On the downside, aside from some alternate pathways and well-hidden secrets, there isn't replay value to be had, it's easy, but it is very short.  Jerry Boy could've really also benefited from having a customizable options screen; and it's too bad it didn't because otherwise it would've been better.  But for what it is it's enjoyable to a point.
My Personal Score: 6.5/10
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John Wick (DVD)
2014 LionsGate
(Image from Rotten Tomatoes)
John Wick was a movie I wanted to see back when it was in theatres, but because I was too busy to watch I missed out.  Since it's come out on DVD and Blu-Ray I recently decided to rent it from Redbox, and I'm glad I did because this movie was awesome!  =)
 
This is a revenge flick in the purest form, where a man named John Wick comes out of "retirement" and goes back to being a hitman after his former boss' arrogant son killed Wick's dog and stole his car.  What I liked the most about this movie is how relentless it was in terms of action and violence, and yet despite all that there's a lot of low-key humor in it as well to make it enjoyable (including a colorful nightclub sequence).  Another aspect I found myself enjoying was the universe that's been established and how pretty much everyone knows who John Wick is (except for Alfie Allen's Iosef, which begs the question of how the hell he's not aware of his impeccable capabilities and calculating strategies when everyone else is); including a hitman-oriented hotel where certain rules are established.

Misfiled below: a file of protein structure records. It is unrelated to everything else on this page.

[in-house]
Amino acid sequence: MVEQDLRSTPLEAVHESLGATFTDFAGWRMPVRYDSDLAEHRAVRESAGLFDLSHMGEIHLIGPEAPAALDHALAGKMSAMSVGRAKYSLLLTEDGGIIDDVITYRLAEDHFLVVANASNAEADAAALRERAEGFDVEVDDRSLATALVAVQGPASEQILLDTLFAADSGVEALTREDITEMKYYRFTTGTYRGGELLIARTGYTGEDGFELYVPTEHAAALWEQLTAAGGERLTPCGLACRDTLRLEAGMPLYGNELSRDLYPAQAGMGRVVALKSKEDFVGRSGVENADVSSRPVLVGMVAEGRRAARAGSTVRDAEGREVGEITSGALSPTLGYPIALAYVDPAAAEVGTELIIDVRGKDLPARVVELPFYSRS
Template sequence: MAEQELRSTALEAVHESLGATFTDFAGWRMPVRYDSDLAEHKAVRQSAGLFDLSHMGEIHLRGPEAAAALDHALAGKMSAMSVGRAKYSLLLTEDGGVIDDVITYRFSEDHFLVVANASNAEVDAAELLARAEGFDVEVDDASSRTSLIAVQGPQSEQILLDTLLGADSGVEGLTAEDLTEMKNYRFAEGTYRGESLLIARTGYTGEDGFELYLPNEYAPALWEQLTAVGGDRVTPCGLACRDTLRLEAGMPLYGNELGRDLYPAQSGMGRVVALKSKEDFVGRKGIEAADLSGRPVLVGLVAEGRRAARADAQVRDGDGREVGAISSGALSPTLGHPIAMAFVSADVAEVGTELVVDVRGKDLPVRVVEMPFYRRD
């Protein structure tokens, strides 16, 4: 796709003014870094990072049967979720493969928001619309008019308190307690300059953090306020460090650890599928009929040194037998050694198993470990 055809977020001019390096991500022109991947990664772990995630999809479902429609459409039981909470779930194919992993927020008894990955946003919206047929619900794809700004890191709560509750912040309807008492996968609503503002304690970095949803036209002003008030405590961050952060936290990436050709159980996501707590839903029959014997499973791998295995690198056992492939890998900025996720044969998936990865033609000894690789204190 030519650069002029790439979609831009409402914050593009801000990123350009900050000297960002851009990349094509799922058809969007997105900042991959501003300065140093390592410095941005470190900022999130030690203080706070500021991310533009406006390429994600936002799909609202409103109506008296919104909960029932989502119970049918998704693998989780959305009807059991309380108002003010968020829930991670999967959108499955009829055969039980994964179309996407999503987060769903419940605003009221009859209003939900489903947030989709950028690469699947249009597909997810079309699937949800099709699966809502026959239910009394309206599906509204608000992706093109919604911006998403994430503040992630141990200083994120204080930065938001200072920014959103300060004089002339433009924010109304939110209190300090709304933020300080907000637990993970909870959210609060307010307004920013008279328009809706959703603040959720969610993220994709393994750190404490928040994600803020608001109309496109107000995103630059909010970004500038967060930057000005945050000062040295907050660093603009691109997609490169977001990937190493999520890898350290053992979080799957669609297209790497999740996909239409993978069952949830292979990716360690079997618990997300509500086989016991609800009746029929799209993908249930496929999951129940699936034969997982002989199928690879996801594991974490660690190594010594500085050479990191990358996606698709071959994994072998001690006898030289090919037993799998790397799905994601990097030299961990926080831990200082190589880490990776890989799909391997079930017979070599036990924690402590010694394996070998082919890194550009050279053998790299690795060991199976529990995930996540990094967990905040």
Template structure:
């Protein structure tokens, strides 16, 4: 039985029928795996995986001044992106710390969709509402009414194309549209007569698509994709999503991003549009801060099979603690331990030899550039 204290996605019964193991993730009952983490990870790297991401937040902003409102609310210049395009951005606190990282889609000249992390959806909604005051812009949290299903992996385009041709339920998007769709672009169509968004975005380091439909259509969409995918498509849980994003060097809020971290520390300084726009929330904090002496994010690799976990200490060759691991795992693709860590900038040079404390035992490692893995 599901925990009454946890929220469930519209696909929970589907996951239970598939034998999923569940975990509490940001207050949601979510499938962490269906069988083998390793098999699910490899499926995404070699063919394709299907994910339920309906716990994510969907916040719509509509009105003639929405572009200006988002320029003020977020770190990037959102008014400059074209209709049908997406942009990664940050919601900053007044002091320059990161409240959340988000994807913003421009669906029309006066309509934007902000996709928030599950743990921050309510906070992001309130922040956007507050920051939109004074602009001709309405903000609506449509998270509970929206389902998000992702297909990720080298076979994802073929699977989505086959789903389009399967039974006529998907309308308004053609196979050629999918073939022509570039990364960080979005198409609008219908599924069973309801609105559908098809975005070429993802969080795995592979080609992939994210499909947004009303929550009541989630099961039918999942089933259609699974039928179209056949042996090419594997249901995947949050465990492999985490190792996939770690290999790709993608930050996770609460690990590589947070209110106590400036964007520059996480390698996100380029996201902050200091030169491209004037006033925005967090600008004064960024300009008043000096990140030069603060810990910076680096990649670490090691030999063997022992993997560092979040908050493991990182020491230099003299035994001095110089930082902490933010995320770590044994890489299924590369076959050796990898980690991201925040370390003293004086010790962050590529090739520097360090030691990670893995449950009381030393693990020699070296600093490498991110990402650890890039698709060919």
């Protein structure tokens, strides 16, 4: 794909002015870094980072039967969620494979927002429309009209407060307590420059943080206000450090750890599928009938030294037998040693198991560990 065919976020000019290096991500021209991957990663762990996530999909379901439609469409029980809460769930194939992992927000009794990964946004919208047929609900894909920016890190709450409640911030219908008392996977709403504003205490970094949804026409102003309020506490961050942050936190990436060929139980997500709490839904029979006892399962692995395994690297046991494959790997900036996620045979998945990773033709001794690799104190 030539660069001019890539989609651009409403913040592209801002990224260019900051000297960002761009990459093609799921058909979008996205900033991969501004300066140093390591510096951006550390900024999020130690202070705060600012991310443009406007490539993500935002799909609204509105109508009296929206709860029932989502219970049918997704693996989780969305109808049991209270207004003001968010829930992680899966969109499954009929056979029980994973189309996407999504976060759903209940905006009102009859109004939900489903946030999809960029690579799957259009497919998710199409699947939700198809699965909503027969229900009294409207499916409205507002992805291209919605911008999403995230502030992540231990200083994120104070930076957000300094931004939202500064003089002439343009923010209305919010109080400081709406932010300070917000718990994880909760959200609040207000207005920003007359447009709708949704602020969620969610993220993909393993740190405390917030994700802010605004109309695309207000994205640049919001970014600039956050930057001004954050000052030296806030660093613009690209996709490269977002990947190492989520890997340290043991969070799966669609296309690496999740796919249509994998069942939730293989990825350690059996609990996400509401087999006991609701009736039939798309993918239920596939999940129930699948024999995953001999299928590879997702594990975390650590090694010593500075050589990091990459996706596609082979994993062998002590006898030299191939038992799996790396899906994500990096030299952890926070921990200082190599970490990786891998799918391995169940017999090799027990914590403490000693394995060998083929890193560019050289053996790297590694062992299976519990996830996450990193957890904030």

Even though Keanu Reeves is far from the greatest thespian ever, his screen presence is very strong, he is very imposing as the title character, and he is John Wick; and if anyone messes with him he will kill them without fail.  I liked the supporting cast, from Willem Dafoe to Ian McShane; but my favorite character outside of John Wick was Michael Nyqvist's Viggo Tarasov as Wick's former boss and current enemy.  They have a lot of respect for each other and yet the line was drawn the moment Iosef made his move; I love this character, not just because of the respect he's got for John Wick and his three-dimensional personalities, but Nyqvist's performance is enjoyable to watch (even as John Wick is going after Viggo's men, he knows what John is capable of).